We have an idea in our culture about what a guy is supposed to be: Tough, driven, unrelenting, capable and strong. But that tradition hasn’t always worked out so well for actual, real-life men, who have discovered that there is more to life than outward measures of success.
If you ask people who report that they are truly happy what it is that helped them get to their place of contentment, they will often cite the fact that they’ve found balance. A balance between work and family, between toughness and sensitivity, between introspection and outward goal-setting.
When I think about a person who embodies this balance, Ted McDonald comes to mind. He’s a yoga instructor who defies your expectations of an incense-burning, soft-speaking, little-bit-too-mellow guy. That’s probably because Ted is also an endurance athlete (ultramarathons, anyone?) and overall lover of speed. He is a road cyclist, trail-runner, snowboarder and mountain biker on top of being a mellow yoga dude in his studio, 5 Point Yoga. He also spends a lot of time every year dedicated to philanthropic and hands-on work helping others.
I got the chance to get to know Ted McDonald a little better when Chevrolet asked me to interview him for the awesome new Chevy Culture website. Ted had just returned from helping Team Rubicon in their efforts to assist the Superstorm Sandy clean-up where Ted and his crew shoveled sand out of a woman’s home. He told me he simply had never seen anything like the devastation to his home state of New York; with whole blocks wiped out, cars that had been pushed right into people’s homes and the suffering that comes along with such massive loss.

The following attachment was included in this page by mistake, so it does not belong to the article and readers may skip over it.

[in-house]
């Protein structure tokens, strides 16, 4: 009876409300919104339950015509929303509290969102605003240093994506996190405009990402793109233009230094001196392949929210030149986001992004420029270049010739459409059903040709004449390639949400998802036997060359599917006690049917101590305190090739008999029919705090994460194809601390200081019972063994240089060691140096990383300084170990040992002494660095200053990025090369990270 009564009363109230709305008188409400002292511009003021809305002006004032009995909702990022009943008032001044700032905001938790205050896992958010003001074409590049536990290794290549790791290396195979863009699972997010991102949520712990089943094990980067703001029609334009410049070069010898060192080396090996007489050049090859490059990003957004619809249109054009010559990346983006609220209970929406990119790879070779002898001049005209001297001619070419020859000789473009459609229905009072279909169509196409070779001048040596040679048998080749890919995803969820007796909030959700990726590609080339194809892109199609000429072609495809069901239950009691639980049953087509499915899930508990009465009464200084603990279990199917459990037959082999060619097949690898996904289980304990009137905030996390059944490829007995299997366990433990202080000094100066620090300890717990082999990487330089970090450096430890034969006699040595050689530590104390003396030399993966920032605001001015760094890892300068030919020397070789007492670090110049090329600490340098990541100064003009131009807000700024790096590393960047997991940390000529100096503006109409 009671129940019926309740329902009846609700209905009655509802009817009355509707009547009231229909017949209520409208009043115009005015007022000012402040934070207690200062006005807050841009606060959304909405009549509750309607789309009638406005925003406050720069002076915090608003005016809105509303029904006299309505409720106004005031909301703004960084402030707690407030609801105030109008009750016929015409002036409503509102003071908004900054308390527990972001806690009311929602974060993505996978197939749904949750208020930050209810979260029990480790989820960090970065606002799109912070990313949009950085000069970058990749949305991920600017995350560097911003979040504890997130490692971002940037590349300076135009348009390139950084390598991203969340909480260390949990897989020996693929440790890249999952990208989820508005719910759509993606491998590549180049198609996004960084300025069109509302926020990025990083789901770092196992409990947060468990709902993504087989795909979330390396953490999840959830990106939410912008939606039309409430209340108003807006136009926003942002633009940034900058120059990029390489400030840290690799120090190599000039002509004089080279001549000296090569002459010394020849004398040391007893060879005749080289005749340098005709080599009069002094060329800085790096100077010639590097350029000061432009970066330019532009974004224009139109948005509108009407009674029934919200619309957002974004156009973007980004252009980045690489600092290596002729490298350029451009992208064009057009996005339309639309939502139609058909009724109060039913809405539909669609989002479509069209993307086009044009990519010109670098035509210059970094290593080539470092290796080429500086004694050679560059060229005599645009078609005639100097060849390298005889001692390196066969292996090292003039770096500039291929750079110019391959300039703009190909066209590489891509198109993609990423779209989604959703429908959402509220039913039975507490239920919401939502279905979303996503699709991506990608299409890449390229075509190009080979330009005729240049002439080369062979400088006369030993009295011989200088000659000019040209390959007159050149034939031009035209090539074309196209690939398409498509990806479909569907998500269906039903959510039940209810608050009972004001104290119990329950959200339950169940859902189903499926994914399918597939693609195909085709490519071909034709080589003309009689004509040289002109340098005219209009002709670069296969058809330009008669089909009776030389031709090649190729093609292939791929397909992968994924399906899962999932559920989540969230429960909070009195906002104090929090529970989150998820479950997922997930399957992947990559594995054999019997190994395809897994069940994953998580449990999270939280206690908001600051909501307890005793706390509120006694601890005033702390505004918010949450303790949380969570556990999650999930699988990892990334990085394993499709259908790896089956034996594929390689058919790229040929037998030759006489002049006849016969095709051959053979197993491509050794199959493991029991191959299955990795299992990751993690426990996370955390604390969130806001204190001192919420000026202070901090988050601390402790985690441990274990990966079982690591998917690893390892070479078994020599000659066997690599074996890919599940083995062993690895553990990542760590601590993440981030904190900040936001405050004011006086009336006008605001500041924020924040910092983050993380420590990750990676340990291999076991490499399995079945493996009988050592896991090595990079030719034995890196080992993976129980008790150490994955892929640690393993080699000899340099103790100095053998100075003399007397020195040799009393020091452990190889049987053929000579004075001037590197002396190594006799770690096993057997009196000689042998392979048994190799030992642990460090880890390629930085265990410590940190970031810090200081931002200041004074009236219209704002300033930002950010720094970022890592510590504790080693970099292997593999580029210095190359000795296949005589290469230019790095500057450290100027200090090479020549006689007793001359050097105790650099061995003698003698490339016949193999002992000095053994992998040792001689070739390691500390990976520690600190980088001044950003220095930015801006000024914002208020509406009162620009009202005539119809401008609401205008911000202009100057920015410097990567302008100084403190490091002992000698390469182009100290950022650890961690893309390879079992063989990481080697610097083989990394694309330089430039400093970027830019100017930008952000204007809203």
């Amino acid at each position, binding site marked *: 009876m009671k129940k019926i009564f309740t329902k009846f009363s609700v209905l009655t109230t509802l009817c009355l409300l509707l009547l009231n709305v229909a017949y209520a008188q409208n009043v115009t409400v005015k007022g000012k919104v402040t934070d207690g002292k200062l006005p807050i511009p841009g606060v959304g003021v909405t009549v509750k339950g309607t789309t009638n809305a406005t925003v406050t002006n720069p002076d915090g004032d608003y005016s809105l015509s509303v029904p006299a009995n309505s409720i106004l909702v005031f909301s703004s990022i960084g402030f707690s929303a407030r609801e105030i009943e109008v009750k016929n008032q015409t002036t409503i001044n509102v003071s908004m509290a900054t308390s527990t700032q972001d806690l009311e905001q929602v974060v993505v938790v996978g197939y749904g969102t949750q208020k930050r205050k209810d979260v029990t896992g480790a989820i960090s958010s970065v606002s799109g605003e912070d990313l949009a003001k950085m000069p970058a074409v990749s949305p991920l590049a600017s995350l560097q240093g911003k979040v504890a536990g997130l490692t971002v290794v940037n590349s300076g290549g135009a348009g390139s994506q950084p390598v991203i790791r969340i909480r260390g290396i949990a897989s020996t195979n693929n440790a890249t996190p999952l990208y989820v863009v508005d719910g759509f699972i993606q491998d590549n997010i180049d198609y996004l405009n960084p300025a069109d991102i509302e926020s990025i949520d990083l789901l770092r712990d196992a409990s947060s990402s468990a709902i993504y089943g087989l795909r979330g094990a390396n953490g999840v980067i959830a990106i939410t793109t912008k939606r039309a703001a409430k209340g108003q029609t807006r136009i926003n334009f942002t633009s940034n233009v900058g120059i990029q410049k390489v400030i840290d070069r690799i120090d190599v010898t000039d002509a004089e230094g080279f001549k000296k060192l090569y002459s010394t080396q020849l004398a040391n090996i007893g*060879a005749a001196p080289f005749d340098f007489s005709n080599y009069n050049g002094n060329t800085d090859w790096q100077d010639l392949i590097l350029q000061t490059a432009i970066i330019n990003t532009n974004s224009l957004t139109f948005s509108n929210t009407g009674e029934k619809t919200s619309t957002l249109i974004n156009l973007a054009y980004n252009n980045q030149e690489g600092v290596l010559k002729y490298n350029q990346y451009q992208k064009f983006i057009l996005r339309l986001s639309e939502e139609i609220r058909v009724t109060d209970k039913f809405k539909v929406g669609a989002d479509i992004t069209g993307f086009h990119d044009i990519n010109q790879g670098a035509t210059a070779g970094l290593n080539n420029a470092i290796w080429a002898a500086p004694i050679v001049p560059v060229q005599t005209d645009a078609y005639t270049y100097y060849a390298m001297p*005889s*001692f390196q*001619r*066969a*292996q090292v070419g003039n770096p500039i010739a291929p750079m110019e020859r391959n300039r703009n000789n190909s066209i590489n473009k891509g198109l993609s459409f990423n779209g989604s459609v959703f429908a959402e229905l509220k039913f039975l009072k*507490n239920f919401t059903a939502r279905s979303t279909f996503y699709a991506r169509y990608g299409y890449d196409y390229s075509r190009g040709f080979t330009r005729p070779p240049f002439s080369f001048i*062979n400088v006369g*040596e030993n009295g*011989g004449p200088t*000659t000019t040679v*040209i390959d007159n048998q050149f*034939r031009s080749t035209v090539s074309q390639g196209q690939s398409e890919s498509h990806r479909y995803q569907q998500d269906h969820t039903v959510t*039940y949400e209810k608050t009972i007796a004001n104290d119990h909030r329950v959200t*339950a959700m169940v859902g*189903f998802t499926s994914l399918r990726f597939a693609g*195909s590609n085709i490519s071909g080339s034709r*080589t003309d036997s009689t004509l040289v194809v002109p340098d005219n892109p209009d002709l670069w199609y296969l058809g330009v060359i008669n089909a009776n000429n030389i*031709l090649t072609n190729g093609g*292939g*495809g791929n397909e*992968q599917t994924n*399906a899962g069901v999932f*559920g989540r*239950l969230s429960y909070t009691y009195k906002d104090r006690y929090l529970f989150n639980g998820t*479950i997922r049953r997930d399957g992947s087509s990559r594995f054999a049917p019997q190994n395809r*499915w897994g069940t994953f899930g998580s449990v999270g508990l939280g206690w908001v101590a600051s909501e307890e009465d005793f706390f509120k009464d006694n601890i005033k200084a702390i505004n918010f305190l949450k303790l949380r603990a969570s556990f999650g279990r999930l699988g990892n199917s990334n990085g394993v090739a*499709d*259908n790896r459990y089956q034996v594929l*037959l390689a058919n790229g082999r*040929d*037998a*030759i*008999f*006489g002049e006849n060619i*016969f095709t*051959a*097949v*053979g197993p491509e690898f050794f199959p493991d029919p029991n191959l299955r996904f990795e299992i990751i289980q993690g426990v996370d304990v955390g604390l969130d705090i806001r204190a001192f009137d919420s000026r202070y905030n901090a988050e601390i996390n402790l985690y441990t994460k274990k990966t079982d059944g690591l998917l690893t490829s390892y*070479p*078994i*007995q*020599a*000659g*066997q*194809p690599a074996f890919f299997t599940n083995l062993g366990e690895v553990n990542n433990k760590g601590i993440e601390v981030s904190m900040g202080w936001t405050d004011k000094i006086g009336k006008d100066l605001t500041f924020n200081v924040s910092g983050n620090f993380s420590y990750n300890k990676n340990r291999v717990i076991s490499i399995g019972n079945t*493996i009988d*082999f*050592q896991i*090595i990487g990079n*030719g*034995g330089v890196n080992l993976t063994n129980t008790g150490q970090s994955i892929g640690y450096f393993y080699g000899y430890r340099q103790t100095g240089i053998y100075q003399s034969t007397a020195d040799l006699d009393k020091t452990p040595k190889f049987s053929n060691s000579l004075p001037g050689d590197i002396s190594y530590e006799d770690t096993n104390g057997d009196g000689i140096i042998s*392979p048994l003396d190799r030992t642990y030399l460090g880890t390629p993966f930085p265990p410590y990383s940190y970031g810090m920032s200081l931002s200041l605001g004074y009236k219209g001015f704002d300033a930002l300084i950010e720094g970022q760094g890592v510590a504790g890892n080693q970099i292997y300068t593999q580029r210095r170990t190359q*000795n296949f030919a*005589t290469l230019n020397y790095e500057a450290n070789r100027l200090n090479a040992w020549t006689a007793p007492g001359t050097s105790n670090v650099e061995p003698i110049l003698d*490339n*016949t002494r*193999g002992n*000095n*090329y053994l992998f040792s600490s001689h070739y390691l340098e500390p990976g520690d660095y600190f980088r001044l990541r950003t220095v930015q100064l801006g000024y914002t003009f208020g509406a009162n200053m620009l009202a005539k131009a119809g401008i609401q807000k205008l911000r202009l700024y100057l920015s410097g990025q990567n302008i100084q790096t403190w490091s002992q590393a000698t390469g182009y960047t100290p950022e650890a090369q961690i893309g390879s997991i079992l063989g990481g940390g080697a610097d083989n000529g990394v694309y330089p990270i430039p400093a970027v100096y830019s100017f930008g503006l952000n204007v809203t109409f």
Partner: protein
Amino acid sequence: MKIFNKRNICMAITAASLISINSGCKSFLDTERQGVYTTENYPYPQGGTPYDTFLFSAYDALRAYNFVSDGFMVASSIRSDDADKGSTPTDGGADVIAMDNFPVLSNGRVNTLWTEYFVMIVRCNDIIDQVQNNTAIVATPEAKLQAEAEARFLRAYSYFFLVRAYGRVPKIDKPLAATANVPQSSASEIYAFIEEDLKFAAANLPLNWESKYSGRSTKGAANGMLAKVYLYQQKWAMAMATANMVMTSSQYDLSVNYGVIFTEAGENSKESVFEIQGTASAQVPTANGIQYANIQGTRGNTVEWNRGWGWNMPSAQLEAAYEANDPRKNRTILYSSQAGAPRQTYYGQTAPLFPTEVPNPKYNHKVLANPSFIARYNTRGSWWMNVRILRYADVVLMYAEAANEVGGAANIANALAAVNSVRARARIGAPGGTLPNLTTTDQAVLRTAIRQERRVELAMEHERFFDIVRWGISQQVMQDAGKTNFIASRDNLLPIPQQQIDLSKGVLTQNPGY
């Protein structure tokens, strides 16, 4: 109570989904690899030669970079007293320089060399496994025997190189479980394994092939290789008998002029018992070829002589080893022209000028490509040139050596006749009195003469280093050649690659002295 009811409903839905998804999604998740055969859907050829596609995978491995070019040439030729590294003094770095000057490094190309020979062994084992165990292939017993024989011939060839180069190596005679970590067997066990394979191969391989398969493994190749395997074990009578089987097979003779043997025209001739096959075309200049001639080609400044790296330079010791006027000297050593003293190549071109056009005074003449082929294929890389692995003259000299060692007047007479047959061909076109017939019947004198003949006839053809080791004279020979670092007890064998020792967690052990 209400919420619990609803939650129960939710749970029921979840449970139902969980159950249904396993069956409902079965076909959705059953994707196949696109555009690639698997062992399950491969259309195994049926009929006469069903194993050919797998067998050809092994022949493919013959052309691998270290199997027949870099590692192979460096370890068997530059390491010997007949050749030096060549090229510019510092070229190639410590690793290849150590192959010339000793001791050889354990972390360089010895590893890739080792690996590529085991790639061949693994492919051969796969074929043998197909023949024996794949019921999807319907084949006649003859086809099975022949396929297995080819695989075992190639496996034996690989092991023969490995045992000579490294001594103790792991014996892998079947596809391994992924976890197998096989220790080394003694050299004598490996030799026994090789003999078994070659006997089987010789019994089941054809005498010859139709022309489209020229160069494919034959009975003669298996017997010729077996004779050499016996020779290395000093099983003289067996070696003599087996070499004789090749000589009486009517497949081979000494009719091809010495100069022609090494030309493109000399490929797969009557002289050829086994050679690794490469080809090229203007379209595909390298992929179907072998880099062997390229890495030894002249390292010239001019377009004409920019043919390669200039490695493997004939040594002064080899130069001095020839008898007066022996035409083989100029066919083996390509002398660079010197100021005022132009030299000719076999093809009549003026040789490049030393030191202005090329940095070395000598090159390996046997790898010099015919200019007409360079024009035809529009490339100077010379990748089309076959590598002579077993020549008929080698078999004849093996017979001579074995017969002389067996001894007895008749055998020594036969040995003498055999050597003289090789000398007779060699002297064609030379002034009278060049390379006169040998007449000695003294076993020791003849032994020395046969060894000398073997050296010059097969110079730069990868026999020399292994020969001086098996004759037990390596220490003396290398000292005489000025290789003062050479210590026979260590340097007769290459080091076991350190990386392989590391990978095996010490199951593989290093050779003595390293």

Ted insists that the key to success, at least for him, has been finding balance. From his meditation practices, he has learned to appreciate the present, and to stay in the moment. Interestingly, this can be applied to speed sports, too. For instance, if you’re coming down a mountain on your mountain bike, you can’t be thinking of anything else but the exact moment you’re in—where you’re going to place your tire to dodge that rock, how you’re going to shift your weight as you go around that next curve, the way you’ll have to lift up a bit to jump that little stream coming up… It all becomes reflexive, but requires the ability to be present in the moment.
Ted’s an interesting guy, and it’s very cool that Chevy thinks he embodies the “Malibu State of Mind“.